The Secretary-General of the Southern African Catholic Bishops' Conference, Brother Jude Pieterse, made clear that funds under the EC-financed programmes of the Kagiso Trust were not given to projects submitted by political parties or the so-called homeland governments.
Archbishop Tutu said one result of apartheid was that South Africa had never had a culture of tolerance. Those holding opposing views were met with vilification, detention, even assassination. South Africans needed to learn a lesson which the Archbishop's father had taught him: 'Improve your argument, don't raise your voice.' In negotiations people did not get all they wanted, so all parties would be advised to compromise. Even the ANC was calling for a government of national unity, to reassure the fearful, even if one party won a majority in elections. The most effective incentive from outside for progress and an end to the violence was to promise massive investment in return, not to threaten sanctions if nothing happened. To allay fears about the future, it was not true that democratisation was inevitably accompanied by violence; recent events in Benin were the proof. Blacks were not out for revenge: in Zimbabwe, the white minority leader Ian Smith had even remained in Parliament after majority rule. The transition to democracy in Namibia was a recent example in Africa of tolerance, forgiveness and reconciliation.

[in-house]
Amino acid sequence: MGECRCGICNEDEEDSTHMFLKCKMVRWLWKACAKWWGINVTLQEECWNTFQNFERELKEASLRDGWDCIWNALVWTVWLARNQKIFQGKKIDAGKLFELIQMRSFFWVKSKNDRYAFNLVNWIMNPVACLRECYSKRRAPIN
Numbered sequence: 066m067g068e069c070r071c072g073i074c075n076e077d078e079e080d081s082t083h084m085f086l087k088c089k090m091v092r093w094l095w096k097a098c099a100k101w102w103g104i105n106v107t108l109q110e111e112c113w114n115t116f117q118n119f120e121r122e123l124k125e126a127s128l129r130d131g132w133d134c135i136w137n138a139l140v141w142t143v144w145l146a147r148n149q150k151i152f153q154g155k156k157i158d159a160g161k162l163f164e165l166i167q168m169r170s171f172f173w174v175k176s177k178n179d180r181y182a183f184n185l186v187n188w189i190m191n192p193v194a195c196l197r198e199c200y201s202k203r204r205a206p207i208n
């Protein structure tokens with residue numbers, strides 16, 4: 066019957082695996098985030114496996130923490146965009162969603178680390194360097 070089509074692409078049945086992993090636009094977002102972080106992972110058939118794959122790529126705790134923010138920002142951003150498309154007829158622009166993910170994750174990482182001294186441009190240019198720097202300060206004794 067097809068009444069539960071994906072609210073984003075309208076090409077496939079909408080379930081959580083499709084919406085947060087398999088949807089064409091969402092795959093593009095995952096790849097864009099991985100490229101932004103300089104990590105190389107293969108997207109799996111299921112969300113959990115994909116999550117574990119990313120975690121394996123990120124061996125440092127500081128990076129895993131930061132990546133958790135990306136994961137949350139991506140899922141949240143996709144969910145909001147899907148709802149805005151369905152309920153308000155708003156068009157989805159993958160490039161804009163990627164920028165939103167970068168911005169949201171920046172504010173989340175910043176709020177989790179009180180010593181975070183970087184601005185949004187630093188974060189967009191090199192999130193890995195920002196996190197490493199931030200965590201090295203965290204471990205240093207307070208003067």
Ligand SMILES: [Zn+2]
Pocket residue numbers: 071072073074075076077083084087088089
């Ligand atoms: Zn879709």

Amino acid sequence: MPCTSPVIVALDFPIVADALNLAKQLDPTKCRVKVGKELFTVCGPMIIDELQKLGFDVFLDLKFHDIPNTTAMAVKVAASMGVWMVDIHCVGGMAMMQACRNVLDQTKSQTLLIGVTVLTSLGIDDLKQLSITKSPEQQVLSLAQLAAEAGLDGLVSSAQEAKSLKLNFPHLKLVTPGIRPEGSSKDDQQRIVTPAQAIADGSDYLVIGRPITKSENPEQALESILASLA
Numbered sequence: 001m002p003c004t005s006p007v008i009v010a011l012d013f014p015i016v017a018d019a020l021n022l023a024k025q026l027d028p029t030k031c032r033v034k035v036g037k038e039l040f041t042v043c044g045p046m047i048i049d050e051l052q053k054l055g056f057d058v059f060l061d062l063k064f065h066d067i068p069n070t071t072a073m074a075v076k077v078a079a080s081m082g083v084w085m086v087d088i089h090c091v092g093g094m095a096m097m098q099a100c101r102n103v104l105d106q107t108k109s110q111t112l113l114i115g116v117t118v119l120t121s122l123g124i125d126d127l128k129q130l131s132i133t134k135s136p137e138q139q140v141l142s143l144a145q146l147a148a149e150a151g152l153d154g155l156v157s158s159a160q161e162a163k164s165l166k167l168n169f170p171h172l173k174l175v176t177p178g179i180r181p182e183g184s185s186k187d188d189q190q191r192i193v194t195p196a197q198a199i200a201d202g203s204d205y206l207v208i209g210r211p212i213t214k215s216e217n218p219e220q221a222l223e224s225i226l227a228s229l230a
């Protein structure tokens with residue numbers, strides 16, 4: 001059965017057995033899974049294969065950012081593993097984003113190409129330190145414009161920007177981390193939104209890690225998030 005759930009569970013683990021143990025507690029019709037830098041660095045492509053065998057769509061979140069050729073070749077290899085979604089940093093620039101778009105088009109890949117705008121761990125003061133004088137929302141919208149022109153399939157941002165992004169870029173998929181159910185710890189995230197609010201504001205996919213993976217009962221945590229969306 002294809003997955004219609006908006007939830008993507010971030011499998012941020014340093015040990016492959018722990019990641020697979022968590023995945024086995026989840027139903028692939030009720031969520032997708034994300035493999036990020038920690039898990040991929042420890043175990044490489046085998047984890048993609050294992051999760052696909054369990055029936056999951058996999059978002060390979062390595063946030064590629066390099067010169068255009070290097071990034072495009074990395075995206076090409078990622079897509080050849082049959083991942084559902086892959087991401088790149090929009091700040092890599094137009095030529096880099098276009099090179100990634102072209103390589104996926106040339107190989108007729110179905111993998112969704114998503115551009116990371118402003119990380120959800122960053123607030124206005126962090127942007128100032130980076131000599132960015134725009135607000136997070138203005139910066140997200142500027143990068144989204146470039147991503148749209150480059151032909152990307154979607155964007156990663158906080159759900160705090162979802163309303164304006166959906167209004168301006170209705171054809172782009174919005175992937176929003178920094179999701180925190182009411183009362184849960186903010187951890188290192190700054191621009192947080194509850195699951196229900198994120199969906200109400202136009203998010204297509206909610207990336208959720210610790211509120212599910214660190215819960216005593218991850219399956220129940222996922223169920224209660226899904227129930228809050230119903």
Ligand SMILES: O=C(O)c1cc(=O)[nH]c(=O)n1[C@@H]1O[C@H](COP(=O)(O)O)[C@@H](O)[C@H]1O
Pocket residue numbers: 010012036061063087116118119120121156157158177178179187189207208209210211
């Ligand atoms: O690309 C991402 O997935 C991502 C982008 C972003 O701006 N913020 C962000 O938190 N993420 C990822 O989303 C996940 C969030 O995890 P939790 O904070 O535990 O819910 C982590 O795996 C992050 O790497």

In conclusion, the Archbishop said: 'It is not a trick on our part to say we want a South Africa that is non-racial. We are not trying to please you. It is for us a deeply religious matter, and that is why we fought against apartheid, and I want to tell you we will fight against any other injustice and oppression, whoever perpetrates it. And I have gone round Africa as the President of the All Africa Conference of Churches and told them evil is evil whoever perpetrates it. (...) What we are working for is not a black South Africa. We are working for a truly democratic South Africa where people are people because they are people, created in the image of God, and are members of the family of God and our sisters or brothers whether they like it or not.'
Rise in joblessness and exploitation